Jazz, justice and Juneteenth: Wynton Marsalis and Bryan Stevenson join forces to honor Black protest

NEW YORK (AP) — Black music traditions such as jazz are central to celebrations of Juneteenth, says civil rights lawyer and jazz pianist Bryan Stevenson.

That’s why he and Pulitzer Prize-winning jazz artist Wynton Marsalis have debuted “Freedom, Justice and Hope,” a live performance album of historic jazz records created to protest racial injustice, in time for this year’s celebrations.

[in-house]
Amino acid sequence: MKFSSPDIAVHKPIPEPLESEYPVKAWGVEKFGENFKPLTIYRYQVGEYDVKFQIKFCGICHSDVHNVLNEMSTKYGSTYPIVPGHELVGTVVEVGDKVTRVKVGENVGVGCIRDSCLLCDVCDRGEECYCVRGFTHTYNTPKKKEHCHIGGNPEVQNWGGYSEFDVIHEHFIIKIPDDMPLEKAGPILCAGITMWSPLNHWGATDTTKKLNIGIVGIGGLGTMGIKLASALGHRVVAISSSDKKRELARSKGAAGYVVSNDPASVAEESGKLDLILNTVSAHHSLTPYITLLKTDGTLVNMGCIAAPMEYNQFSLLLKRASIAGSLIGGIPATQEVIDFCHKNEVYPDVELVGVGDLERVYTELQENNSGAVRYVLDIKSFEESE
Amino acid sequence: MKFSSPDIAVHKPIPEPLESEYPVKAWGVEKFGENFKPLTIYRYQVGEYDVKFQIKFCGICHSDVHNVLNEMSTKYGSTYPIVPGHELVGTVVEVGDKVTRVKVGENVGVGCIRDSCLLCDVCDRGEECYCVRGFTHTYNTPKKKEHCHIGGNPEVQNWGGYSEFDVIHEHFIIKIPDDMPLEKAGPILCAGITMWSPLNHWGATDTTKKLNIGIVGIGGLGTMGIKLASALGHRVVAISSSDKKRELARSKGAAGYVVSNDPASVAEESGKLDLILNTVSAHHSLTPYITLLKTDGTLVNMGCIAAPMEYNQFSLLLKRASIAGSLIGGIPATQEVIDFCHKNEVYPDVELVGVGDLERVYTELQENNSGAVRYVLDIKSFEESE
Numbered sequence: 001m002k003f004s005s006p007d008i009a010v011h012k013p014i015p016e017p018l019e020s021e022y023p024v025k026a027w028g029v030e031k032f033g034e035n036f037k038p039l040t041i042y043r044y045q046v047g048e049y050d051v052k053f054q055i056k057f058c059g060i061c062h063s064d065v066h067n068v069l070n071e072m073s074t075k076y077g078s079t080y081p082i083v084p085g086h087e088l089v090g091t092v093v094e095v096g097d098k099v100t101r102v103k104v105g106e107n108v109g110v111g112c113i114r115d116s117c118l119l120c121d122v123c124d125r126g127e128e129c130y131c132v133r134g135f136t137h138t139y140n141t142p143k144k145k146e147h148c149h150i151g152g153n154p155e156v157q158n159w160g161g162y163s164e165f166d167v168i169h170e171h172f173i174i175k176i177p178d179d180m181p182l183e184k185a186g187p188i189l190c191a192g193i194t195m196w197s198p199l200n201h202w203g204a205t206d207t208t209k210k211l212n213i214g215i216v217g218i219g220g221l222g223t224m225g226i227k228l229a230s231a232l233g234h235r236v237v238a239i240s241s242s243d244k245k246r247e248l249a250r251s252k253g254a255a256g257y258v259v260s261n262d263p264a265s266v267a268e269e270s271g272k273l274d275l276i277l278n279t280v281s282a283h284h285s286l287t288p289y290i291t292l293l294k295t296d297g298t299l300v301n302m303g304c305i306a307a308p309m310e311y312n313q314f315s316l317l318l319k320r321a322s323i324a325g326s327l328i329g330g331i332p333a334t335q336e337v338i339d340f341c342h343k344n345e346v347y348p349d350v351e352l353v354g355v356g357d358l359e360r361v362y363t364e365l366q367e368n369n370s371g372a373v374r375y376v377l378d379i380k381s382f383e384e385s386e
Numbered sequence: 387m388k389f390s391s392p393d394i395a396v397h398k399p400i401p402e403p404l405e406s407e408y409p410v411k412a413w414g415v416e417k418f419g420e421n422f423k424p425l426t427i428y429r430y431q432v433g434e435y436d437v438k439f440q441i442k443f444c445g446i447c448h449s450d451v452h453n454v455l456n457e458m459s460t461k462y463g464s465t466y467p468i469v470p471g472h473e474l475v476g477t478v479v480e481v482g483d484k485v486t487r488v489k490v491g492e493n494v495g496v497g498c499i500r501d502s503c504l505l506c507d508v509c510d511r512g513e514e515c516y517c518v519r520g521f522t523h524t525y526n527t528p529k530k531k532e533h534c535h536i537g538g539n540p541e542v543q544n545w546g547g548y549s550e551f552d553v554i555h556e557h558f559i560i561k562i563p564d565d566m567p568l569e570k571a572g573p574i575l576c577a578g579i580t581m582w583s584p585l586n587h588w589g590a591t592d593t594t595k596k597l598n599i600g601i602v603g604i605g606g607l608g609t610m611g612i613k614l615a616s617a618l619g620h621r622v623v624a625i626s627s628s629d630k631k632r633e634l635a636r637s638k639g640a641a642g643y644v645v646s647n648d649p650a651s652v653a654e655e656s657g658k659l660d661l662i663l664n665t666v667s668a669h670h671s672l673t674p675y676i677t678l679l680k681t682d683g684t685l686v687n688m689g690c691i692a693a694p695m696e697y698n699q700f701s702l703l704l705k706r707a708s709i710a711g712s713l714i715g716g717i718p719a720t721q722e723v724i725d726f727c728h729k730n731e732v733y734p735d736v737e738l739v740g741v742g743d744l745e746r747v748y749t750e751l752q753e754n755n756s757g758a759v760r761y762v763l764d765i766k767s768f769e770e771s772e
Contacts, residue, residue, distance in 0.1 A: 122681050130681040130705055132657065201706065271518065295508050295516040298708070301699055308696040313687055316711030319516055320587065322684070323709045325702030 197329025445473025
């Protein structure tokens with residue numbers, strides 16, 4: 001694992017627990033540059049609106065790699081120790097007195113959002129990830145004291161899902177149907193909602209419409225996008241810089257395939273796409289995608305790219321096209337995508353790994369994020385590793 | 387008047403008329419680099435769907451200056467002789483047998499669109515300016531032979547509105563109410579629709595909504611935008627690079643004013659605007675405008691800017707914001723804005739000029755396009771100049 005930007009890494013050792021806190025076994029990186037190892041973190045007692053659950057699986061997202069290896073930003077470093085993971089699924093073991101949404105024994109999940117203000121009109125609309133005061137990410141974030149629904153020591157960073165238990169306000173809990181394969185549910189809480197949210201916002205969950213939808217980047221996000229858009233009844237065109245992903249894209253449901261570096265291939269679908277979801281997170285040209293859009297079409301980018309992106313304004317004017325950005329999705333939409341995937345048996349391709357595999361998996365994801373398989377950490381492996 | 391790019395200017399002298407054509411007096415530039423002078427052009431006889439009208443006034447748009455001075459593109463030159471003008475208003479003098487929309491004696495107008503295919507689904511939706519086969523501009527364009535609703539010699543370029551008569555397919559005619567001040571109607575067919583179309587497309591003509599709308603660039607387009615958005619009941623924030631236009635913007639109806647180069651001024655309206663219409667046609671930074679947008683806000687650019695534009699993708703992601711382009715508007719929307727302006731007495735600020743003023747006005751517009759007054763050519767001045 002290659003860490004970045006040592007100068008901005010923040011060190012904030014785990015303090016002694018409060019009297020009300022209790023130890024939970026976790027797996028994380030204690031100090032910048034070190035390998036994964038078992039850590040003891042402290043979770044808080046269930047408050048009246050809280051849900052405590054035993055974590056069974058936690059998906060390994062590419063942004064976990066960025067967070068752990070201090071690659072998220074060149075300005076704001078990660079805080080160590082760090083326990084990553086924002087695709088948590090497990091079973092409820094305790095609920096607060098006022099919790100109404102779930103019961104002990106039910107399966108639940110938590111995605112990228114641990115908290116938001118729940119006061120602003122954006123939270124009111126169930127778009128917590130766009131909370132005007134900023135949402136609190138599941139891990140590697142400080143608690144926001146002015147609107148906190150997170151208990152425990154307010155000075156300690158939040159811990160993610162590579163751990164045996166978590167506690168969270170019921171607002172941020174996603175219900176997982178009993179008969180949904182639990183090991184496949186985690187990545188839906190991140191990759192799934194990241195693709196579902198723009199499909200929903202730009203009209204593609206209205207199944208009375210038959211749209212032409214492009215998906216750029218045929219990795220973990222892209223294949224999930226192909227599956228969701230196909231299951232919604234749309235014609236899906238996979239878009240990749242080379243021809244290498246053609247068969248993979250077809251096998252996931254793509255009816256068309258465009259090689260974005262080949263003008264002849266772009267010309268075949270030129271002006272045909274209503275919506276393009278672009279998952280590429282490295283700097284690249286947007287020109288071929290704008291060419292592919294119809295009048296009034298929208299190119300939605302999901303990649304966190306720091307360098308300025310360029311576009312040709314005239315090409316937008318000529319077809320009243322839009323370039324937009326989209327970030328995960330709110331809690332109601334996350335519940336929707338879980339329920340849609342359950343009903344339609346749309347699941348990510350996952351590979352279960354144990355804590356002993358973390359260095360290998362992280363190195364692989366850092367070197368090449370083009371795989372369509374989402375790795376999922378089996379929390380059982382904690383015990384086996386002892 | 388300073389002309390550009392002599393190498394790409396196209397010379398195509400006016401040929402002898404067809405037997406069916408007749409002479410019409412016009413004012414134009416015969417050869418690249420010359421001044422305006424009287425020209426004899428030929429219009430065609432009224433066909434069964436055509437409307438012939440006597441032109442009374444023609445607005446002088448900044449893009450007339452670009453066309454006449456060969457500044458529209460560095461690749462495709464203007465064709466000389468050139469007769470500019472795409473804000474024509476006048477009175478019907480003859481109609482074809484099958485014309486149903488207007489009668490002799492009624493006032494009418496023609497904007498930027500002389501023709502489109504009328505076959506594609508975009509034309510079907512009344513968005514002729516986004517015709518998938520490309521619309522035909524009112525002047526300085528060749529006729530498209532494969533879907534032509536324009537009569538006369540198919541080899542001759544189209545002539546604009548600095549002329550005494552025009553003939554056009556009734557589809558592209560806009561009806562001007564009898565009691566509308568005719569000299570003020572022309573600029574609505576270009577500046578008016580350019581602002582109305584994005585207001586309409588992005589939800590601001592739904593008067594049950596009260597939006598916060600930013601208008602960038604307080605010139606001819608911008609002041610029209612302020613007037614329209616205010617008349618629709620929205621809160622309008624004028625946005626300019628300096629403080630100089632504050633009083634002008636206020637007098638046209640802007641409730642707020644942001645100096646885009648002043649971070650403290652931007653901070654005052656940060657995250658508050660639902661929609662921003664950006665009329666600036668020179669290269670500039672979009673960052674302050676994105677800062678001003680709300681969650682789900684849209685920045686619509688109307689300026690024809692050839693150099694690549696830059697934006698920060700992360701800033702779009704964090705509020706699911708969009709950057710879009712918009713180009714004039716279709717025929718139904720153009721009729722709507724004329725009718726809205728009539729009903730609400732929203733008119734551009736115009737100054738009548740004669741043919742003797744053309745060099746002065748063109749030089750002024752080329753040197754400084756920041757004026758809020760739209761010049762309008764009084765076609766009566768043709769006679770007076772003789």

Along with a new arrangement of saxophonist John Coltrane’s “Alabama,” which pays homage to the four Black girls killed when the Ku Klux Klan bombed Birmingham’s 16th Street Baptist Church in 1963, the project includes original compositions by up-and-coming bassist Endea Owens and trumpeter Josh Evans.

Leonor AlcaçarenhoJazz, justice and Juneteenth: Wynton Marsalis and Bryan Stevenson join forces to honor Black protest